The day that my then 15-year-old daughter, Natalie, got caught with heroin at school was the day that my simple, comfortable world changed and came crashing down around me.
I was overwhelmed with confusion. I had found myself in a place that I never dreamed I would be — not even in my worst nightmares.
Where was I in all of this? Where was I when all of this was happening? What kind of mother doesn’t notice that her child is using drugs? What kind of family do drug addicts come from?
The answers to these questions were right there. I was right there. Later I would learn that plenty of mothers don’t notice, and that people with addiction can come from "normal" families just like mine.
My daughter took dance lessons, played soccer and went to church. I thought I had checked all of the boxes.
Every year we dutifully went to the pumpkin farm, sat on Santa’s lap. My daughter took dance lessons, played soccer and went to church. I thought I had checked all of the boxes.
The shame and the guilt that I felt after I realized that my daughter was addicted to heroin were overwhelming. I was drowning in a sea of stigma. I knew how people talked about kids who used drugs, how they judged their families.
Overnight we went from being a normal family to being that family. Natalie was now that girl. And I was that mother.
I had heard someone once say, “Most drug addicts are desperate, selfish, dishonest people.”
I now want to tell them that most drug addicts were also once babies — babies who were the best thing that ever happened to their mothers. They were cherished loved ones and oftentimes simply people who were in pain.
My daughter’s road to health was not a straight path. It was more like a three-steps-forward, two-steps-back crooked journey. My thoughts go back to one particularly difficult holiday when I watched my impaired daughter sway groggily, then fall asleep during Christmas dinner.
There were clean times, relapses, overdoses, inpatient rehabs, outpatient rehabs, clinics, doctors, nurses, psychologists, psychiatrists, therapists and yes, there were judges, lawyers and probation officers. All of whom helped my daughter achieve better heath.
Sometimes I shy away from sharing what I’ve learned because I imagine people saying, “Who is she to give advice? She didn’t keep her own daughter off drugs.” But then people who know of my journey will look at me with sad and somewhat horrified eyes and ask how they can avoid the same plight with their children, and this is what I tell them.
What I want other parents to know
First, don’t be like me. Learn the things that I learned, but learn them faster.
I was horribly uneducated about drugs and therefore unaware.
I didn’t know what I was looking at. The signs were all there: the bloodshot eyes, the erratic sleeping and eating, the change in my daughter’s friend group, the secretiveness, the pulling away from our family. It was all right in front of me. I believe that sometimes we only allow ourselves to see what we want to.
While you are educating yourself, educate your child, too. Be a bigger, louder voice than the voice your child gets from movies, TV and music. Substances do a great job promoting and advertising for themselves. Talk to them about the dangers of addiction and how they can say no to drugs.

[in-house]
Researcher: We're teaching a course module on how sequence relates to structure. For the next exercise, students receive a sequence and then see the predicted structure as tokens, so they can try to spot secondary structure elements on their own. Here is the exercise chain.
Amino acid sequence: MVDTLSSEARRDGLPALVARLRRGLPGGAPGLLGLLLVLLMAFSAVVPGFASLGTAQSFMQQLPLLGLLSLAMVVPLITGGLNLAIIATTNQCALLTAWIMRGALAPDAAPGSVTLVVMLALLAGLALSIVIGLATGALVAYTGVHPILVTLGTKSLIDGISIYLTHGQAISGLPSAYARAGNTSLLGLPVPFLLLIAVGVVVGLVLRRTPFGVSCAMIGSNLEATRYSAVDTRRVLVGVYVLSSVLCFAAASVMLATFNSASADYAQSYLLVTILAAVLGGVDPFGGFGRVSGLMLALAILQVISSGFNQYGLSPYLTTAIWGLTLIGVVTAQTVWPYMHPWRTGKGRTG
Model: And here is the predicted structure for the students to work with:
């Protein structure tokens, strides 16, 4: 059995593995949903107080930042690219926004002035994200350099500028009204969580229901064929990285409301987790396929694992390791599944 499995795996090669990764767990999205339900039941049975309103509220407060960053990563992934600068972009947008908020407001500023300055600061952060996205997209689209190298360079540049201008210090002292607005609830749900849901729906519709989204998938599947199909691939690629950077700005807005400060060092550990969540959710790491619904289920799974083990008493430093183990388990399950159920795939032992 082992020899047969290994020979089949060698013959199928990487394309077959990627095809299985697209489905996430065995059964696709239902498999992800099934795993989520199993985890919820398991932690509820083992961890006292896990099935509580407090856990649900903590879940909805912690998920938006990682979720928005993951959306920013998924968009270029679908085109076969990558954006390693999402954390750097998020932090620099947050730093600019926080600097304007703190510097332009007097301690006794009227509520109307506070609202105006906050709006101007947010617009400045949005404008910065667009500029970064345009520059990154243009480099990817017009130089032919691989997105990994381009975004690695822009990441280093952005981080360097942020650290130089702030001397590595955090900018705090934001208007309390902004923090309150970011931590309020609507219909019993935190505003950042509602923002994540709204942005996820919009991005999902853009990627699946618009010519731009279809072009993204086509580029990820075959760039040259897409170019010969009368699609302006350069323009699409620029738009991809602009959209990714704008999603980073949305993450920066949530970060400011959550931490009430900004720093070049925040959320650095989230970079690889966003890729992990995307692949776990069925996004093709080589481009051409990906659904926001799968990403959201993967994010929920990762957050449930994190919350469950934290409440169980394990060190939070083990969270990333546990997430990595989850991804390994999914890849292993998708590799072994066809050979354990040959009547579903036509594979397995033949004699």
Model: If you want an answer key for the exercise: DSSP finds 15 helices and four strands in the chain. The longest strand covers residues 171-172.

Don’t be afraid to snoop. Let yourself see what you are seeing.
Right before Natalie got caught for the first time, I cleaned up her room. Thinking that a stamp packet was a sticker or a tiny temporary tattoo, I put it in a ballerina jewelry box and went on with my day. I had just dusted heroin.
Look, listen and yes, smell your child. Chances are they are not going to look like an addict to you. They are going to look like your child, but like they're just sleepy, having a bad day, a little irritable, growing up or becoming independent.
Next, I would tell people to look for the helpers. They are out there.
When I sat in my first parent support group, I found myself surrounded not by parents of monsters or bad people. Instead, I was in a room with other “normal” people.
I looked into their eyes and saw my own reflection, my pain, my guilt, my shame.
It’s true that addiction is a family disease, which is why it’s important to take care of everyone, not only the person who is addicted.
If you are lucky enough to be able to say that addiction is not in your life, be kind and don’t judge.
If drug addiction is an unfortunate part of your journey, know that you can get to the other side. Don’t give up. Do what you can live with. Remember to love. You will survive and they can recover. Know that there is another side and that better times can be ahead.
Today Natalie, now 24, is a work in progress — just like all of us — but she is two years clean, and with baby steps, is building a life.
Christine Naman is an author and mother of three children in Monroeville, Pennsylvania. Her latest book, “About Natalie,” chronicles her daughter’s battle with addiction. Part of the proceeds from the book will be donated to the Allegheny Health Network to support addiction and mental health programs.